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I am a undergrad student, and I am currently conducting summer research under a professor.

During our last meeting, I have revealed that I wish to go to school A for my graduate study. But my prof rather wanted me to stay at my current school for master/phd; i.e., stay and work for him.

Well, I have already spent 3 years in my current undergrad school and I know it too well it is not where I want to go.

The problem is that, this prof is the only person who can comment on my research experience/potential. (Because I have been working 2 years with him; this year is the second year).

Right now, I can sense something not right in the relationship between my prof and I. At the end, if I go ahead and ask him to write me a recommendation letter, I am sure he would write one. But the question is, there can be a chance that he writes negatively, such that I would get rejected everywhere, and have nowhere to go except staying at my current school and do graduate study with him.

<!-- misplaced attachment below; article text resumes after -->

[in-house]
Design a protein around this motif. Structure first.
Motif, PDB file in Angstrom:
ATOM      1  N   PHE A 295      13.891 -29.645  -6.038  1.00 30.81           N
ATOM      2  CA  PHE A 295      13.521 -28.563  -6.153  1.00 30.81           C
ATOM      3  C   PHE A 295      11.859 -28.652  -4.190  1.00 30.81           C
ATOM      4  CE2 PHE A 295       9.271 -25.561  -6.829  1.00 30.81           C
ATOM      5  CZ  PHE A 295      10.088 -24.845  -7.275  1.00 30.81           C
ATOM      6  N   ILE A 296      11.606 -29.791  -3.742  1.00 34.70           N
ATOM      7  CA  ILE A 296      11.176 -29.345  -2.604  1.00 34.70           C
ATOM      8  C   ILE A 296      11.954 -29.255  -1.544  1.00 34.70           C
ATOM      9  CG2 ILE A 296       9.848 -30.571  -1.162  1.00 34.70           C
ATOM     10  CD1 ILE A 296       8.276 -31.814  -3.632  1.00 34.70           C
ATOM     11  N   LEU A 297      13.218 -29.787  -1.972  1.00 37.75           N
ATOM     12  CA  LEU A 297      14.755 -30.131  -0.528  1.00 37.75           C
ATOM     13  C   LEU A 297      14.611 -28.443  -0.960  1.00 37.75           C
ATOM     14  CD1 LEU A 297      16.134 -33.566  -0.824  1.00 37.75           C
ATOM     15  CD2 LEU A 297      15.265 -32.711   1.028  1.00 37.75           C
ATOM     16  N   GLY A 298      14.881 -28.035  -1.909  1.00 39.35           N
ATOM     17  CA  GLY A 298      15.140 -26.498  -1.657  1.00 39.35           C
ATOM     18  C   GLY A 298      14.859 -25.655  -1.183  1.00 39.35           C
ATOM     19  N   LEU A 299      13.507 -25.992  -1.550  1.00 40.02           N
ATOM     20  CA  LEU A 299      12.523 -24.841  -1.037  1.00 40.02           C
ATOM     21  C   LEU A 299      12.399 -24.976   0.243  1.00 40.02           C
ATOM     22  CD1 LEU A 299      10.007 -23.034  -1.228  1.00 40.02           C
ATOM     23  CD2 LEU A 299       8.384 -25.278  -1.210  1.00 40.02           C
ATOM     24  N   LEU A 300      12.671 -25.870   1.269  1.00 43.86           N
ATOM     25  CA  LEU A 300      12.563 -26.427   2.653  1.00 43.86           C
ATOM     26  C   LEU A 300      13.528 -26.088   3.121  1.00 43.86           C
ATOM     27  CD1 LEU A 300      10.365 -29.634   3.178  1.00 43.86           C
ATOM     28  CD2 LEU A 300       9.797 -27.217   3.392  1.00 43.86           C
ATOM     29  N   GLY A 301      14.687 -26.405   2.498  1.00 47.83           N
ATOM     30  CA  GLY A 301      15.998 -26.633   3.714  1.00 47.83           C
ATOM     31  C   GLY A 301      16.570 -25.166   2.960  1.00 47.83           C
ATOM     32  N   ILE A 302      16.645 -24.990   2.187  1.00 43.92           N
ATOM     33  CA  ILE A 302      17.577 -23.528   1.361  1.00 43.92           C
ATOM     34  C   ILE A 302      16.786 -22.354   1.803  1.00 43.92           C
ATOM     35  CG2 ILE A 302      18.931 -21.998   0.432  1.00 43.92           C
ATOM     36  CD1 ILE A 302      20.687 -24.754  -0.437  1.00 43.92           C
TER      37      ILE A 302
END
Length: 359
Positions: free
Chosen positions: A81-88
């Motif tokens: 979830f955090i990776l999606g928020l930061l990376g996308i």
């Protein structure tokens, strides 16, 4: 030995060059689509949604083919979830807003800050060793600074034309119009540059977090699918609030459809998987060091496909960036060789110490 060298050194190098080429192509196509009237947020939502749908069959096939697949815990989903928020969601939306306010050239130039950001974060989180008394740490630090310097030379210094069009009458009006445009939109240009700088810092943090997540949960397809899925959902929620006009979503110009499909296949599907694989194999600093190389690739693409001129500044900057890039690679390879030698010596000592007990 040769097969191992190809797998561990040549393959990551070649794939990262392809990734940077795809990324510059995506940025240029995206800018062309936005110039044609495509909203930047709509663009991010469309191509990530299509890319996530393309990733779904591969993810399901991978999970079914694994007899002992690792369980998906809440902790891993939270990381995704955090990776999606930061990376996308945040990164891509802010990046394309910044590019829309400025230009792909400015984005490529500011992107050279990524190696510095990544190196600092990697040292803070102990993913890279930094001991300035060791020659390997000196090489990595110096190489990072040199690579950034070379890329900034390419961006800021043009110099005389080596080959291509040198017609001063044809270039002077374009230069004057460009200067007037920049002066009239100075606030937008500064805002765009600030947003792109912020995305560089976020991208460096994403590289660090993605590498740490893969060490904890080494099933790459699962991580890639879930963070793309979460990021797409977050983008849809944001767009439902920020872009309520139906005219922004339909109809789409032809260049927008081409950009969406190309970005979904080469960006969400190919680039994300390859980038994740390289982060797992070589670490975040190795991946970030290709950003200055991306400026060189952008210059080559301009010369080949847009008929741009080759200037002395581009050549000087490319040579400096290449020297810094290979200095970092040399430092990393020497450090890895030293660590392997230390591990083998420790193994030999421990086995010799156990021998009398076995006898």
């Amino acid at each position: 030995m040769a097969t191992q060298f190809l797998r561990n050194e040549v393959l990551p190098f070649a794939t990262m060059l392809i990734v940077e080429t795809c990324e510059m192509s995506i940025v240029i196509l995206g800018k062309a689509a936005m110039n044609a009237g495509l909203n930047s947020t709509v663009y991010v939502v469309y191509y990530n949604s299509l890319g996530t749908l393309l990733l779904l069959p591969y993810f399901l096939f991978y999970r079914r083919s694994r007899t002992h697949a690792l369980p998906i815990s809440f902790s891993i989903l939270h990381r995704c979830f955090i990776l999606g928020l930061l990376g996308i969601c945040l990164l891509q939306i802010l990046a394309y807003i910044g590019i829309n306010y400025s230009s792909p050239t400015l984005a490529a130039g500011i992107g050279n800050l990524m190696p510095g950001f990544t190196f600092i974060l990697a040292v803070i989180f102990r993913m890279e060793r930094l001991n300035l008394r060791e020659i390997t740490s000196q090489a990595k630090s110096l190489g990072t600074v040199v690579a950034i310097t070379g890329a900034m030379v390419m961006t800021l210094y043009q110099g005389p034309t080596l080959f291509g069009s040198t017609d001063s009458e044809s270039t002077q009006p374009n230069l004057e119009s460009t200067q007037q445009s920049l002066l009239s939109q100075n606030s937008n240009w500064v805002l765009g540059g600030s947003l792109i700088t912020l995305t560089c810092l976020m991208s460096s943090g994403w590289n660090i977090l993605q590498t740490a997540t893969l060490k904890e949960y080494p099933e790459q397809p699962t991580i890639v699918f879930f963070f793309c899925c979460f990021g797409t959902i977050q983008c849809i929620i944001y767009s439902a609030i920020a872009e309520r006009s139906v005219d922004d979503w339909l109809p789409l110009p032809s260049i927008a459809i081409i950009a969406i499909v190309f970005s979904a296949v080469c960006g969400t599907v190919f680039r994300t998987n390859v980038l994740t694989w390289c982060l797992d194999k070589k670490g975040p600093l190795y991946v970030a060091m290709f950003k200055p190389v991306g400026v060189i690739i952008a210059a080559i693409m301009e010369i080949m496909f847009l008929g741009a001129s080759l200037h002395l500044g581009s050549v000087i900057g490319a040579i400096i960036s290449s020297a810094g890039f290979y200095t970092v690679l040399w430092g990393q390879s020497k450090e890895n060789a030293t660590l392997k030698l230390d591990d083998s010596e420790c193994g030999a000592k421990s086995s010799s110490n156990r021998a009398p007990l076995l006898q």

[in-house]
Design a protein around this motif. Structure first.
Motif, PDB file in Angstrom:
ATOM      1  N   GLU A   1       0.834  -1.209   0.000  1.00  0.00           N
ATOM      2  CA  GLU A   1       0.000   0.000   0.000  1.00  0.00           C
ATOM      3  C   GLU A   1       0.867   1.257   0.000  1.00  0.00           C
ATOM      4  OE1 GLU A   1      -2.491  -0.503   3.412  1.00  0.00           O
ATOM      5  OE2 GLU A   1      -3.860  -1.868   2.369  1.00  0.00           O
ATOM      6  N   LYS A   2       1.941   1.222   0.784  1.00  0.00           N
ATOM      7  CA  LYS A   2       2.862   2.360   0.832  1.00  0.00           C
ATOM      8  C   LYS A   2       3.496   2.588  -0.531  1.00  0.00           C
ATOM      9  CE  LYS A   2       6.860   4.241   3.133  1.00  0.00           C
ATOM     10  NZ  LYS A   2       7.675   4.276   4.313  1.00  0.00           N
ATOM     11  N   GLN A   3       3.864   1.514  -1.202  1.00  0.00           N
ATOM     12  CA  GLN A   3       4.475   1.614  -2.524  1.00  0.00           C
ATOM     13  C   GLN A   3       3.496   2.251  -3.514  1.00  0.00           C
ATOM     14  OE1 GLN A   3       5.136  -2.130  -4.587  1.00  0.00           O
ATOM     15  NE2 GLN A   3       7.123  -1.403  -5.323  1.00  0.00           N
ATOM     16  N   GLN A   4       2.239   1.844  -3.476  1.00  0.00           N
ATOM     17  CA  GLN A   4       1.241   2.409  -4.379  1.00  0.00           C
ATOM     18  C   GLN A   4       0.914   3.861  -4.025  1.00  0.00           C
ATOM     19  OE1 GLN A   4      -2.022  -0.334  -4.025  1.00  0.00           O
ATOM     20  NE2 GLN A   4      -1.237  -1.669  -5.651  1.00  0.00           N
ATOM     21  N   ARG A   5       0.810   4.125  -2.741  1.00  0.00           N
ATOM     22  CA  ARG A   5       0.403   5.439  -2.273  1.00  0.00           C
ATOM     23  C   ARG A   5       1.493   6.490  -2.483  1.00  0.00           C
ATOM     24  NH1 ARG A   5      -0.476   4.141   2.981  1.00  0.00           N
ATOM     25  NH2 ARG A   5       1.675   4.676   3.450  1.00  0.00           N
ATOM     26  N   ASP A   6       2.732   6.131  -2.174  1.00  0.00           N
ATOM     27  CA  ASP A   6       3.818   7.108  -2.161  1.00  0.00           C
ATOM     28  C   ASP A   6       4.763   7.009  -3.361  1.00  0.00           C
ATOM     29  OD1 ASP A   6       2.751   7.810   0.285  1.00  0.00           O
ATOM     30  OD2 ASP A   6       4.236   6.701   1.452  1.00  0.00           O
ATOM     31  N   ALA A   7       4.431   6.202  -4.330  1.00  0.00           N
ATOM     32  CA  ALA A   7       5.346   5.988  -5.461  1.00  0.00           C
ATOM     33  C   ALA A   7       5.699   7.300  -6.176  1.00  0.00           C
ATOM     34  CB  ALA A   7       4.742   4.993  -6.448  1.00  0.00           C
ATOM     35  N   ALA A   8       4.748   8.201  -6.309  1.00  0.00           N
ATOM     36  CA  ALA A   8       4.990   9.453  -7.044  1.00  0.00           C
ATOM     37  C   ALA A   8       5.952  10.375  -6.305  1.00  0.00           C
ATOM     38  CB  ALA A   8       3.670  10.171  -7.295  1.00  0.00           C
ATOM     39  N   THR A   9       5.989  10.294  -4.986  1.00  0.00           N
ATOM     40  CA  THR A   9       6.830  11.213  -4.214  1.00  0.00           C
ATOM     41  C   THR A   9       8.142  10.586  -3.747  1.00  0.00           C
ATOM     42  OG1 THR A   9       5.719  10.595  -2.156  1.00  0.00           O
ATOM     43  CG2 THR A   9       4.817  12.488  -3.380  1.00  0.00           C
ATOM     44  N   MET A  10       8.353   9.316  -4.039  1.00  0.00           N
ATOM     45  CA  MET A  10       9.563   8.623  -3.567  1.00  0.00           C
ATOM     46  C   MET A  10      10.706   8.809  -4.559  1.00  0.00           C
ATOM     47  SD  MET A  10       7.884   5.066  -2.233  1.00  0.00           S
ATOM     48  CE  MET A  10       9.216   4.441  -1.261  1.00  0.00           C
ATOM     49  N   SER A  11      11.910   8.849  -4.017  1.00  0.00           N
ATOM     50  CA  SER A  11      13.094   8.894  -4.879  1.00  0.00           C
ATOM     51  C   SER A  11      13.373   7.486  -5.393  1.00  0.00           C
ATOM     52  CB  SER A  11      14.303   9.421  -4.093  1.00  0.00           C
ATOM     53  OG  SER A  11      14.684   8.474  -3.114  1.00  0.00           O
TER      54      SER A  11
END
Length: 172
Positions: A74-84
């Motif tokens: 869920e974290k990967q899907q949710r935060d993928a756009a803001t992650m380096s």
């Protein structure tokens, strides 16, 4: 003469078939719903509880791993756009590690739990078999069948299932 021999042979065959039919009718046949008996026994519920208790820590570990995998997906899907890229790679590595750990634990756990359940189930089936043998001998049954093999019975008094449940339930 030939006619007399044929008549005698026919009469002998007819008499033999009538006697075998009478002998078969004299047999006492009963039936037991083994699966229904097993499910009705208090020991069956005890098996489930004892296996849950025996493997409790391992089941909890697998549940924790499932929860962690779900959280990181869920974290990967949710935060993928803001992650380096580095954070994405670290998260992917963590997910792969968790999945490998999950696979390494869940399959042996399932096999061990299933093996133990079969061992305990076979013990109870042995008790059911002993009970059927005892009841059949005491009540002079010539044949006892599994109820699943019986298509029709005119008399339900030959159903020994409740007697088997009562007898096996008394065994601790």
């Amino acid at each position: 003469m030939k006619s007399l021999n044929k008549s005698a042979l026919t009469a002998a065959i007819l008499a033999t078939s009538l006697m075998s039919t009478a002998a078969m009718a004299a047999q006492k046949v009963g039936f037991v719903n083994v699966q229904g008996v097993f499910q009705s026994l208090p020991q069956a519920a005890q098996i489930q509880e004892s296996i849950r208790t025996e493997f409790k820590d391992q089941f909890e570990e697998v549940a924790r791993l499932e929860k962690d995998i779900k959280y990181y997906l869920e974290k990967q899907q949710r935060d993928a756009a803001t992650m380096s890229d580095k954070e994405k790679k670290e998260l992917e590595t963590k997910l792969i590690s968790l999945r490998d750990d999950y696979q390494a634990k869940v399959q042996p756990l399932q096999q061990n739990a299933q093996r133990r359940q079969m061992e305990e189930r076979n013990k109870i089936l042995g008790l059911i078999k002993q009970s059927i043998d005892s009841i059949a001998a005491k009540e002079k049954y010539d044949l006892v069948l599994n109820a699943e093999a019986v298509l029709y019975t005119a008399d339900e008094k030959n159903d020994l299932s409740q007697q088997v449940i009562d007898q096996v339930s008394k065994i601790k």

What should I do?


More detail info:

There used to be a PhD student who published quality paper and taking care of things in the lab. The Prof is almost always away so he definely need someone to do this kind of lab managing job. As far as I know, none of his graduate students publish paper for 3 years in a row except for that Phd student. Currently, that PhD student is graduated this year so I guess he was looking for a candidate as a replacement.

  • 6
    the "can" part is vague for me. Can you give some detail how do you smell a rat? – Ooker Jun 16 '15 at 8:34
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    Writing a negative letter for this reason (i.e. because your prof wants to keep you, not because your work is actually bad) is outright unethical. Enough so that, if he actually does it, I'd strongly suggest that you not stay and work for him at all, because who knows what other ethical violations he would make you deal with. – David Z Jun 16 '15 at 10:48